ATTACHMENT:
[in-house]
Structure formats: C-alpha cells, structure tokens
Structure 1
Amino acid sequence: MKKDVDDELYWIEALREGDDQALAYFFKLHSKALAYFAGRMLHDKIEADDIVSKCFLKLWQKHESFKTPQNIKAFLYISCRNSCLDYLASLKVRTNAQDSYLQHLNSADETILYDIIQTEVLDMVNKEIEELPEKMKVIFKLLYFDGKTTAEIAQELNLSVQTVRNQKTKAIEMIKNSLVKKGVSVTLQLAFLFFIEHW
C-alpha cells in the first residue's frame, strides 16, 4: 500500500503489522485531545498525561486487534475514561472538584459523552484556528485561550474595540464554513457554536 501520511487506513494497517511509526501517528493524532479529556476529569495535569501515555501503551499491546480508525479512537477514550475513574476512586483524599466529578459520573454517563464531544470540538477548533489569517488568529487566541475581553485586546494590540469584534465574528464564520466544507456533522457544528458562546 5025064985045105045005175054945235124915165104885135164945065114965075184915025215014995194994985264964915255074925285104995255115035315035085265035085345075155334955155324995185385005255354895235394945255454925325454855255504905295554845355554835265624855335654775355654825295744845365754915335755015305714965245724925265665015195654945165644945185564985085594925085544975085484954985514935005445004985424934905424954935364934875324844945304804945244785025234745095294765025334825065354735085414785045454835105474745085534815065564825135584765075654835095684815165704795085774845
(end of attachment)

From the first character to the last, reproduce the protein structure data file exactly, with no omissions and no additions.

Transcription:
[in-house]
Structure formats: C-alpha cells, structure tokens
Structure 1
Amino acid sequence: MKKDVDDELYWIEALREGDDQALAYFFKLHSKALAYFAGRMLHDKIEADDIVSKCFLKLWQKHESFKTPQNIKAFLYISCRNSCLDYLASLKVRTNAQDSYLQHLNSADETILYDIIQTEVLDMVNKEIEELPEKMKVIFKLLYFDGKTTAEIAQELNLSVQTVRNQKTKAIEMIKNSLVKKGVSVTLQLAFLFFIEHW
C-alpha cells in the first residue's frame, strides 16, 4: 500500500503489522485531545498525561486487534475514561472538584459523552484556528485561550474595540464554513457554536 501520511487506513494497517511509526501517528493524532479529556476529569495535569501515555501503551499491546480508525479512537477514550475513574476512586483524599466529578459520573454517563464531544470540538477548533489569517488568529487566541475581553485586546494590540469584534465574528464564520466544507456533522457544528458562546 5025064985045105045005175054945235124915165104885135164945065114965075184915025215014995194994985264964915255074925285104995255115035315035085265035085345075155334955155324995185385005255354895235394945255454925325454855255504905295554845355554835265624855335654775355654825295744845365754915335755015305714965245724925265665015195654945165644945185564985085594925085544975085484954985514935005445004985424934905424954935364934875324844945304804945244785025234745095294765025334825065354735085414785045454835105474745085534815065564825135584765075654835095684815165704795085774845